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J Pain. 2006 Sep;7(9):682-6.

Factors associated with delay to opiate analgesia in emergency departments.

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  • 1Department of Emergency Medicine, St. George Hospital, Kogarah, Australia.


Patients presenting to an emergency department (ED) with painful conditions continue to experience significant delay to analgesia. It remains unclear whether demographic and clinical factors are associated with this outcome. The objectives of this study were to determine 1) the proportion of patients that require parenteral opiate analgesia for pain in an ED and who receive the opiate in less than 60 minutes; and 2) whether any factors are predictive for the first dose of analgesia being delayed beyond 60 minutes. A retrospective cohort study with descriptive and comparative data analysis was conducted. Over a 3-month period, the medical record of every patient receiving parenteral opiates in a tertiary emergency department was reviewed and analyzed. Of 857 patients, 451 (52.6%) received analgesia in less then 60 minutes. Multiple demographic and clinical factors are associated with statistically significant delay to analgesia, including age, triage code, seniority of treating doctor, diagnosis, and disposition from the ED.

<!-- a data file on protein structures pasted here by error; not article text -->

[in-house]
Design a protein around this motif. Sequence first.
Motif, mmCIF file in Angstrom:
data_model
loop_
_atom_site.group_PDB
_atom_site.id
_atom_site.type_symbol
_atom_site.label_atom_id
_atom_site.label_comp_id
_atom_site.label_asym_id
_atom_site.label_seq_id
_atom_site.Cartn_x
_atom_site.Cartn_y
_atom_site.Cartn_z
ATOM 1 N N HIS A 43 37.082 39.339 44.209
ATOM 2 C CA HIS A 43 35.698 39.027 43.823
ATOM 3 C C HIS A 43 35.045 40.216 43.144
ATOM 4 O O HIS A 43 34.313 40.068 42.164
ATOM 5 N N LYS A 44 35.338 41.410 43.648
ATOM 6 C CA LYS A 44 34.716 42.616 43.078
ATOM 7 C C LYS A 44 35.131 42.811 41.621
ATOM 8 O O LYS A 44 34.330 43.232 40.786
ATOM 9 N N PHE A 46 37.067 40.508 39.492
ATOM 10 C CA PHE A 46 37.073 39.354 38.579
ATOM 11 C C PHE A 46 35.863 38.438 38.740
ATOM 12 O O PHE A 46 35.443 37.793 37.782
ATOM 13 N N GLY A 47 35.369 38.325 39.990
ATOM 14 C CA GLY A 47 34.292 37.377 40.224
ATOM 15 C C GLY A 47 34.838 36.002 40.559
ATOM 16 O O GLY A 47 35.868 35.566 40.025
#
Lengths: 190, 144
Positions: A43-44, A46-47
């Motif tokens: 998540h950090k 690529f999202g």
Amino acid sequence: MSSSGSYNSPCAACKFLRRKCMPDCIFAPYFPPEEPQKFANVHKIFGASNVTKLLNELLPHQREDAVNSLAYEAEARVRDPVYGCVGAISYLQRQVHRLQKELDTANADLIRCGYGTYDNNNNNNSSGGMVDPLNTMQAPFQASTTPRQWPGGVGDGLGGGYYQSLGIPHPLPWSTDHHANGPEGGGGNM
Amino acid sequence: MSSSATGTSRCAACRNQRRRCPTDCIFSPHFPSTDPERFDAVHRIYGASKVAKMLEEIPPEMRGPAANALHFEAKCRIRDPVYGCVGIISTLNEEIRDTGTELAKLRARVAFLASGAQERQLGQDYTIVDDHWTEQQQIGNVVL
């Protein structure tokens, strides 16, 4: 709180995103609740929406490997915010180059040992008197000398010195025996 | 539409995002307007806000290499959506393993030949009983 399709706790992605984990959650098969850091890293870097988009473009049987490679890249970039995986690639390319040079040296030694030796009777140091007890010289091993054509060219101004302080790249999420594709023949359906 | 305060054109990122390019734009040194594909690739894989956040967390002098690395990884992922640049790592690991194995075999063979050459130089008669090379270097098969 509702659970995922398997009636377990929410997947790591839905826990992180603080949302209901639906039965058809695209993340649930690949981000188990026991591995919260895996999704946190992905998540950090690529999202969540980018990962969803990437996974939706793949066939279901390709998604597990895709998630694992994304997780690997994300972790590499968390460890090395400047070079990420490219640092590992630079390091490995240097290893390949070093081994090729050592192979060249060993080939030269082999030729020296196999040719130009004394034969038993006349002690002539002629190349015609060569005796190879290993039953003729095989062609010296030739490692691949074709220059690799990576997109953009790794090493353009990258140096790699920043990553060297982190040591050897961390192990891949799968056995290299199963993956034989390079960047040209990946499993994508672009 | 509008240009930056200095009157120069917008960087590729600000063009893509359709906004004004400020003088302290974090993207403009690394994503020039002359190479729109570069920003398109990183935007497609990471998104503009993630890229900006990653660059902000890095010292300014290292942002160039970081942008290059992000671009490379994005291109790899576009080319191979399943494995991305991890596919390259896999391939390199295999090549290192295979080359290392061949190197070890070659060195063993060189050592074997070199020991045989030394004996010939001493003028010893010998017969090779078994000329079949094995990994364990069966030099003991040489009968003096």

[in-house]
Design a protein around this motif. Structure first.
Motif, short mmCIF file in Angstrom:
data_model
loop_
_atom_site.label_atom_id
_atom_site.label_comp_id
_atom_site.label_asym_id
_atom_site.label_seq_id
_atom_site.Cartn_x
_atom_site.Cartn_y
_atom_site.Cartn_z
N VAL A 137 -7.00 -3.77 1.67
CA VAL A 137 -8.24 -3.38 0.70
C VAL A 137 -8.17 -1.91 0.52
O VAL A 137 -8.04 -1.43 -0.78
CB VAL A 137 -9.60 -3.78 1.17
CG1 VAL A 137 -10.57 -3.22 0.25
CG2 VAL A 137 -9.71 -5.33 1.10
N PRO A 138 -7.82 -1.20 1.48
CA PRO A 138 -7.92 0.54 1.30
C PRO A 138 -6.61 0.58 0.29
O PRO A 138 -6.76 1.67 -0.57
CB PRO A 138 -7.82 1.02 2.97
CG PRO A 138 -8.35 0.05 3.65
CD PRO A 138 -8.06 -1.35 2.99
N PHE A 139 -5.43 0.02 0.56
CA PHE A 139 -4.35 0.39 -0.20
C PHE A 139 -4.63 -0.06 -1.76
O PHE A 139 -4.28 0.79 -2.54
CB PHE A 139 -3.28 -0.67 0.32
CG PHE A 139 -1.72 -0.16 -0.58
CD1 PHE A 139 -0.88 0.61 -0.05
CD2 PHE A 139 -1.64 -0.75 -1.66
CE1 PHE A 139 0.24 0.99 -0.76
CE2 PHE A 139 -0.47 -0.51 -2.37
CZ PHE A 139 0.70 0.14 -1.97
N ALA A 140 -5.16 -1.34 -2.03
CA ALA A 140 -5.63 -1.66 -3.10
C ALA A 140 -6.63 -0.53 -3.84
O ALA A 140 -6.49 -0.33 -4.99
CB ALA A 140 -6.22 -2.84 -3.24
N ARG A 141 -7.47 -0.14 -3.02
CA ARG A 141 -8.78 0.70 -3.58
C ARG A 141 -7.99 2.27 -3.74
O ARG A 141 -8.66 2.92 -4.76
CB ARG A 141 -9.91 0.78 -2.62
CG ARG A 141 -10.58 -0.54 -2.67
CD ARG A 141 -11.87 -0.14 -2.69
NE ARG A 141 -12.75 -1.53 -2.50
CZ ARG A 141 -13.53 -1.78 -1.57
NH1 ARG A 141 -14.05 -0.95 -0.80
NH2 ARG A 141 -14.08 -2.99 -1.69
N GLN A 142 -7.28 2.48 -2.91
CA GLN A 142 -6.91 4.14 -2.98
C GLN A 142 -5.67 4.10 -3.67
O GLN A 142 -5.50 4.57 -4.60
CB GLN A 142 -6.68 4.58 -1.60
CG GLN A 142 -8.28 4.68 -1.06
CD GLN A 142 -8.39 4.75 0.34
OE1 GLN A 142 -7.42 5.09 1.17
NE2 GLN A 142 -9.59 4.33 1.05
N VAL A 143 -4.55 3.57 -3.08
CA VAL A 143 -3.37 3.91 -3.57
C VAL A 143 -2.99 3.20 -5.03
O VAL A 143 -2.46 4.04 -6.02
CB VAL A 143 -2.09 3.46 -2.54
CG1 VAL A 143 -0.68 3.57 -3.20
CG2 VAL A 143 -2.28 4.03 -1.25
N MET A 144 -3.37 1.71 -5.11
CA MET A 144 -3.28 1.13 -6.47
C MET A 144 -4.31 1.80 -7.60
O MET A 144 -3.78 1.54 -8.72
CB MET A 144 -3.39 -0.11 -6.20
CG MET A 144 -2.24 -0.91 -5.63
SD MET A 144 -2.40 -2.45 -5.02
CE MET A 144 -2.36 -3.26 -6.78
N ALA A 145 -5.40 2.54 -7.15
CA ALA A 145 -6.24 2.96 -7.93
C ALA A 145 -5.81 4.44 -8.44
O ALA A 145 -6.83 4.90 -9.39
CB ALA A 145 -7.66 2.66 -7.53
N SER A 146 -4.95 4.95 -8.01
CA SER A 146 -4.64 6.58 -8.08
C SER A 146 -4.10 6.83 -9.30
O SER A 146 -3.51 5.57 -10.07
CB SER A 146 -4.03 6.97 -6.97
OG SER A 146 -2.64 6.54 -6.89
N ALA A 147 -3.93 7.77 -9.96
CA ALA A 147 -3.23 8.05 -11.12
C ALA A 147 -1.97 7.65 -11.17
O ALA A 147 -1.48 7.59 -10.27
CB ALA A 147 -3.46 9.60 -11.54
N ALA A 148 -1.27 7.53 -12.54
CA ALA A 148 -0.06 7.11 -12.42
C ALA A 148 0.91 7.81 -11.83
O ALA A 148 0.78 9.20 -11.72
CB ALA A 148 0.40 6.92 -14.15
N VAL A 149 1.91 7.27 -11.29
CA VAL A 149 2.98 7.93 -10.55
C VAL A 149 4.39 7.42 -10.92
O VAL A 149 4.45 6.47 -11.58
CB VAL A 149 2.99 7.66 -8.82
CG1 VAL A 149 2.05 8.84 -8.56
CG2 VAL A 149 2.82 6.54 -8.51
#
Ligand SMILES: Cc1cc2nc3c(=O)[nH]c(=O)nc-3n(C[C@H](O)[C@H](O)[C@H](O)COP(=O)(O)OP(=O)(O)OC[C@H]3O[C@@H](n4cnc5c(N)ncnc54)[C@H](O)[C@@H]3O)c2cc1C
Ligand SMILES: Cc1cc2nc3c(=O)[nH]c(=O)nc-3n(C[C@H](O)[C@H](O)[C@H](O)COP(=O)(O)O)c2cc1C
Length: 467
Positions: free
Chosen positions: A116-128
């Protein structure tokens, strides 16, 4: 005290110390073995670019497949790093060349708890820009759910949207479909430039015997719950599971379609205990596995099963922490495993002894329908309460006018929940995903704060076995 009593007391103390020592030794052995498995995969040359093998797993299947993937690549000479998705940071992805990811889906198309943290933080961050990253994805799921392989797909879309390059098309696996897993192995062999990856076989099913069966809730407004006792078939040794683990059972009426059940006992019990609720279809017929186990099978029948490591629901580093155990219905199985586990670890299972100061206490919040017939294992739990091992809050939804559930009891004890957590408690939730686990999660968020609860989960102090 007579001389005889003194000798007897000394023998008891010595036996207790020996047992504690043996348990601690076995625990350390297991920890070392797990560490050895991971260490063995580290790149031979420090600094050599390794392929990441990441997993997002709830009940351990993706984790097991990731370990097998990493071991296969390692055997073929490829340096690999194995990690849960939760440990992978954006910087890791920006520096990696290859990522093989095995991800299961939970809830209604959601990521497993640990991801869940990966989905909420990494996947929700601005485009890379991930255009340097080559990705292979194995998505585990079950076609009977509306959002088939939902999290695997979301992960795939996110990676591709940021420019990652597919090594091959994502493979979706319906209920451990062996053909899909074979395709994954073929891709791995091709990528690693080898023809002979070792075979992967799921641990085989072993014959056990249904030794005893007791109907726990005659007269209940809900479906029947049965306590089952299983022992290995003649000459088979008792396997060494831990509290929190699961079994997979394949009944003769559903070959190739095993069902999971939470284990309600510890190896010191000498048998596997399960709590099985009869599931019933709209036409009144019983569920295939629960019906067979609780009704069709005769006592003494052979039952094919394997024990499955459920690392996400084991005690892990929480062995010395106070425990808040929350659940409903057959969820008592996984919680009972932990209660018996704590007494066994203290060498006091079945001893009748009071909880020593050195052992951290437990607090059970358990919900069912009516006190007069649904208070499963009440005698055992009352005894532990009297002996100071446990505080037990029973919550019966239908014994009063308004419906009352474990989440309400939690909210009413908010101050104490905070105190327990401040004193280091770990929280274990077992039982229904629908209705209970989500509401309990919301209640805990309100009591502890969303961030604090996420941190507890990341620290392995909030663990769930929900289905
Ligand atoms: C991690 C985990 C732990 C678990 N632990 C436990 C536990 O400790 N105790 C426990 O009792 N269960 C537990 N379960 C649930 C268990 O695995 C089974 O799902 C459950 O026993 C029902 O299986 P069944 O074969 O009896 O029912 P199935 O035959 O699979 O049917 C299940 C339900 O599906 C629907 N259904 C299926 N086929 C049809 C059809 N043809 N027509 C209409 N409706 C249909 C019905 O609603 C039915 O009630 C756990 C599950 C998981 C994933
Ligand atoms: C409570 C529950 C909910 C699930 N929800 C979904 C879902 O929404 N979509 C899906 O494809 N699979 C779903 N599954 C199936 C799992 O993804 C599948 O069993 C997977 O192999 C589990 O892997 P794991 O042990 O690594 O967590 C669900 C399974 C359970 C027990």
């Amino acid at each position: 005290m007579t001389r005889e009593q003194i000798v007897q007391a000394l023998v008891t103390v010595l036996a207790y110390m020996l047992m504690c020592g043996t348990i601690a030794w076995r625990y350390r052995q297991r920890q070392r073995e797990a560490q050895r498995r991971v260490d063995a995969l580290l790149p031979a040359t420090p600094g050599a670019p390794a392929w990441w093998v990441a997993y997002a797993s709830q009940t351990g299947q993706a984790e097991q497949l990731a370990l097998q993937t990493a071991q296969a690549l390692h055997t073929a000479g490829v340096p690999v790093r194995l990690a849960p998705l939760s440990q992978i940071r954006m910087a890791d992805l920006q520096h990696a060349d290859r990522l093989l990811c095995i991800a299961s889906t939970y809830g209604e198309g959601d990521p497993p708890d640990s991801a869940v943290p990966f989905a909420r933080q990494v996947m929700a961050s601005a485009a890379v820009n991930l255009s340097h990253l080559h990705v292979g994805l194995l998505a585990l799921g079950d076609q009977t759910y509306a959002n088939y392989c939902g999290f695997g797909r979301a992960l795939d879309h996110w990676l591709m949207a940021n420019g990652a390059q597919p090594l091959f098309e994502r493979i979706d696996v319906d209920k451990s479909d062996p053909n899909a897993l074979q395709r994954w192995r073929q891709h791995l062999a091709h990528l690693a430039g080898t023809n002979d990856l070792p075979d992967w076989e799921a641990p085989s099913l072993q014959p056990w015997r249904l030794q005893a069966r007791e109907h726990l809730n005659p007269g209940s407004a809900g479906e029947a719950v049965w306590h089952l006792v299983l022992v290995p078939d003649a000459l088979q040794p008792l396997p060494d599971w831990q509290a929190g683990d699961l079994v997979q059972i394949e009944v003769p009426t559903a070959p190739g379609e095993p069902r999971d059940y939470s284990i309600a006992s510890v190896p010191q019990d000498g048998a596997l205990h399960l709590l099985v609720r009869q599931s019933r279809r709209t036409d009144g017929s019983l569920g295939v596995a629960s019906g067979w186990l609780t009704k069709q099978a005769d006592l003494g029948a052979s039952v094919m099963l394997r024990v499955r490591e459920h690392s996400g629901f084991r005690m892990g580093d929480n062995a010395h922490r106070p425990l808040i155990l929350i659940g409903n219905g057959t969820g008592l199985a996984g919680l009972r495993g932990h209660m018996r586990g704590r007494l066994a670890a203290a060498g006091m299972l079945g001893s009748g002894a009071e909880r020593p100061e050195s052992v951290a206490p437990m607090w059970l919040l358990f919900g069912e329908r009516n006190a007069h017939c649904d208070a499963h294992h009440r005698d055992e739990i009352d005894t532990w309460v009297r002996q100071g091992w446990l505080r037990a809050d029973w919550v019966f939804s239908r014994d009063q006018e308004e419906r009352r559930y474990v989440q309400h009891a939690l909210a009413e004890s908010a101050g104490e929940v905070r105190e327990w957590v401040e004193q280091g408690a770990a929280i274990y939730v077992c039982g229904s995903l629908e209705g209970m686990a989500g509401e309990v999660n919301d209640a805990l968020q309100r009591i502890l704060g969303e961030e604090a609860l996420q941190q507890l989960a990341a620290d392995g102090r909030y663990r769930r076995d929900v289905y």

A considerable proportion of patients suffer delay to analgesia. Identifiable factors associated with a delay to analgesia exist. There is potential for clinicians to develop strategies to address the population in emergency departments at risk for delay to analgesia.

[PubMed - indexed for MEDLINE]
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